Growth slowed last year among in­dependent advisors. Assets under management gained 18.36% in 2007 at the firms participating in Financial Advisor's third annual RIA Survey. That compares with a 25.00% growth rate in 2006.

Why the slowdown? The chief culprit was a lagging stock market. As measured by the Standard & Poor's 500 index, the market posted a return of just 5.5% last year, down from 15.7% in 2006. That means existing account balances on average didn't gain much. The size of the median client relationship grew just 6.58% to $1.18 million among the 384 firms with $75 million in assets or more that participated in the survey. (FA's ranking of those RIA firms, compiled in conjuction with the help of the Discovery database maintained by the Financial Information Group of Red Bank, N.J., follows this article. Firms with less than $75 million are ranked on our Web site,

Hardly a bad year, to be sure. But the survey results also throw a spotlight on some areas of concern. While subpar markets can hurt asset growth, they can also drive more new clients through the door. As the 2001-2002 experience revealed, this kind of environment lays a foundation for future growth, but it places intense demands on a firm's resources and human capital.

Such is the case with Accredited Investors of Edina, Minn., which has assets of $741 million. "We're getting clients because they want more than just asset management when the markets are confusing like this," says Ross Levin, president. "But our assets don't go up as rapidly. It's good ultimately because when the markets rebound you've got a bigger client base. But in the near term, it's difficult."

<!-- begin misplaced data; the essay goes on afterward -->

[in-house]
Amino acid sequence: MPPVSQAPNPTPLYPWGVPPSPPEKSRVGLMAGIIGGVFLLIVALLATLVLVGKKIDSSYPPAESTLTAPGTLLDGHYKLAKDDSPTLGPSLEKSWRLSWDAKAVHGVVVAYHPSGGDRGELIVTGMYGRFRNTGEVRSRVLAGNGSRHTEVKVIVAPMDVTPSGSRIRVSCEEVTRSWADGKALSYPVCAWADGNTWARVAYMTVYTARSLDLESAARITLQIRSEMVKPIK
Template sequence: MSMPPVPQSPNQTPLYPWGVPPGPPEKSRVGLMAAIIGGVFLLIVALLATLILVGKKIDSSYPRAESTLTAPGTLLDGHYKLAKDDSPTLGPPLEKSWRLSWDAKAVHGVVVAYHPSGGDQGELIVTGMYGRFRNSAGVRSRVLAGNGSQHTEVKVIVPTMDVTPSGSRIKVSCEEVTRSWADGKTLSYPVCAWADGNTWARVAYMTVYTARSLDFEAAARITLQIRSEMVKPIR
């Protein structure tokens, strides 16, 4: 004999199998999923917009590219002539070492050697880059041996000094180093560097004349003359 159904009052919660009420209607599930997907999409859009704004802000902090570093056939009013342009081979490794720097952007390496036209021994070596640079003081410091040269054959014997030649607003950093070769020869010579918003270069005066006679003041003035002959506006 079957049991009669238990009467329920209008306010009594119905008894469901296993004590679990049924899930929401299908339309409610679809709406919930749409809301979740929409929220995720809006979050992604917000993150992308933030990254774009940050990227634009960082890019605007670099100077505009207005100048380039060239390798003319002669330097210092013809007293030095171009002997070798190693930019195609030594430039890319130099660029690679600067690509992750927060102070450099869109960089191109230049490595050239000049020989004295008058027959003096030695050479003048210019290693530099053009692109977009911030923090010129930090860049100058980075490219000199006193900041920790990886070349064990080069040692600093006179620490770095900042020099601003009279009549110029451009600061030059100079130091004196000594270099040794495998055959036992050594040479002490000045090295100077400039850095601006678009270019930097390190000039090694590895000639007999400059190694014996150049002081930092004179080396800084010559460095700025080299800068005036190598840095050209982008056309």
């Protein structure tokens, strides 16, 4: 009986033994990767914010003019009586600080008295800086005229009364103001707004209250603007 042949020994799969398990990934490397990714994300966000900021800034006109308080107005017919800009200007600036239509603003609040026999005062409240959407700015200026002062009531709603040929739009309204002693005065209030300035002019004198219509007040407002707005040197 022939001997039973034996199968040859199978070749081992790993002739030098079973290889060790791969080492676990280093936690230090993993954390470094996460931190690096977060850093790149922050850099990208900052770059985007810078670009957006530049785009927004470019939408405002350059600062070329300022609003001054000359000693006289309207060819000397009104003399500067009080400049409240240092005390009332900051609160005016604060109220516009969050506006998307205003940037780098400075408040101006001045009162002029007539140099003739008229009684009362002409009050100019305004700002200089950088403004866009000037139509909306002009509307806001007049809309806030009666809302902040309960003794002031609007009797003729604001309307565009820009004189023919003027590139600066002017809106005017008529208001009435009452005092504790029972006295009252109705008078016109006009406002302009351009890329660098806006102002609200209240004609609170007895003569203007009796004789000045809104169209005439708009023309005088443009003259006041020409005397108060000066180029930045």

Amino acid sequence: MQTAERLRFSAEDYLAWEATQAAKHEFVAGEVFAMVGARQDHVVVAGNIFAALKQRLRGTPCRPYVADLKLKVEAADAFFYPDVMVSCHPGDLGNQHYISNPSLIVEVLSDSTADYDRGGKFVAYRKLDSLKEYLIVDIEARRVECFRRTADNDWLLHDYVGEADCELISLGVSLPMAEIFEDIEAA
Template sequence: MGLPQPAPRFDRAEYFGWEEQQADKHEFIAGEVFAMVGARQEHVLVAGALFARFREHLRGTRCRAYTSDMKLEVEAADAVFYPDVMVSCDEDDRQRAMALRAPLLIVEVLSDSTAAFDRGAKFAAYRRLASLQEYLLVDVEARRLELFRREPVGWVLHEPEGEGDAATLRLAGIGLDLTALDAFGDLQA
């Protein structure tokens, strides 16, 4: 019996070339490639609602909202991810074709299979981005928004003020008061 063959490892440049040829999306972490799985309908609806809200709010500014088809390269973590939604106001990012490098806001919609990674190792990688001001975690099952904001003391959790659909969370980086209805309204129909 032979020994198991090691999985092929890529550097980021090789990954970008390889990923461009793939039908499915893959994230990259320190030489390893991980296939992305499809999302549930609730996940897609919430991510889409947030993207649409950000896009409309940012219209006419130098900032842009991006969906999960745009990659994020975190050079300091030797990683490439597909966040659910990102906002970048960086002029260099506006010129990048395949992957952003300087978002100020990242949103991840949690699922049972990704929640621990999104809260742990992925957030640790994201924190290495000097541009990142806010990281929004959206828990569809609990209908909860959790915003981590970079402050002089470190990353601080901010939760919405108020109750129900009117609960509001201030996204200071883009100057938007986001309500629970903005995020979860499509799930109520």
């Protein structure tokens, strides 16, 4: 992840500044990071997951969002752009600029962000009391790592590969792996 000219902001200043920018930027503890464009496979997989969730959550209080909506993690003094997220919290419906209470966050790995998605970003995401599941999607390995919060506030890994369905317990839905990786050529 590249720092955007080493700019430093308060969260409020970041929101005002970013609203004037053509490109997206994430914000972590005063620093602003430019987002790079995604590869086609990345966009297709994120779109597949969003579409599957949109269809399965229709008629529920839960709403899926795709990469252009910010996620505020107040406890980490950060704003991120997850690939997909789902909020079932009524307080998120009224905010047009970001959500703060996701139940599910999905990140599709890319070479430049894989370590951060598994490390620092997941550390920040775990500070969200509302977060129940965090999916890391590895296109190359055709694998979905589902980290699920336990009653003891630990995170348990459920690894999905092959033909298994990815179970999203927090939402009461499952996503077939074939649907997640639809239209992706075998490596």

These dynamics have helped the independent RIA industry expand over the last two decades. But last year, in a choppy, lackluster market, the median rate of new-client acquisition actually fell among the independents, dropping to 10.05% from a 2006 level of 17.32%.
Another possible sign of trouble: Employee head counts expanded in 2007 by a median 20.0%, outpacing growth in assets under management. This has not happened in recent years in the independent RIA industry, and may well be unprecedented.

What gives? Both of those phenomena can be taken as evidence of heightened competition among RIA firms and perhaps as signs that the era of easy growth in the industry is coming to a close. Slower growth, if indeed it is arriving, will put a premium on each firm's ability to aggressively acquire new clients instead of merely taking in those who show up at the door. Smart and capable employees are essential for firms that want to develop and execute successful growth strategies. The challenge is to bring them on without letting compensation costs get out of hand. So it's no wonder that human capital issues-recruitment, compensation, training, career development, employee ownership, etc.-have become Topic A in the independent RIA industry.

Another hot topic is consolidation, as merger and acquisition activity continued to percolate last year among RIA firms, the survey shows. For example, one in four (24.03%) of all firms report holding exploratory merger talks in the past three years. And 14.73% say they have done a deal in that period, up from 9.92% in 2006. Yet merger activity remains concentrated largely at the top. A third of the firms with $1 billion or more (34.55%) report some merger activity in the past three years, up from 14.89% a year ago.

Among last year's noteworthy transactions: the merger of Kochis Fitz of San Francisco and Quintile Wealth Management of Los Angeles to form Aspiriant. The new firm's combined assets were $5.07 billion at the end of 2007, a gain of 18.52%, making it more than twice the size of either of its predecessors. Aspiriant has since announced an aggressive strategy to expand nationwide from its California market.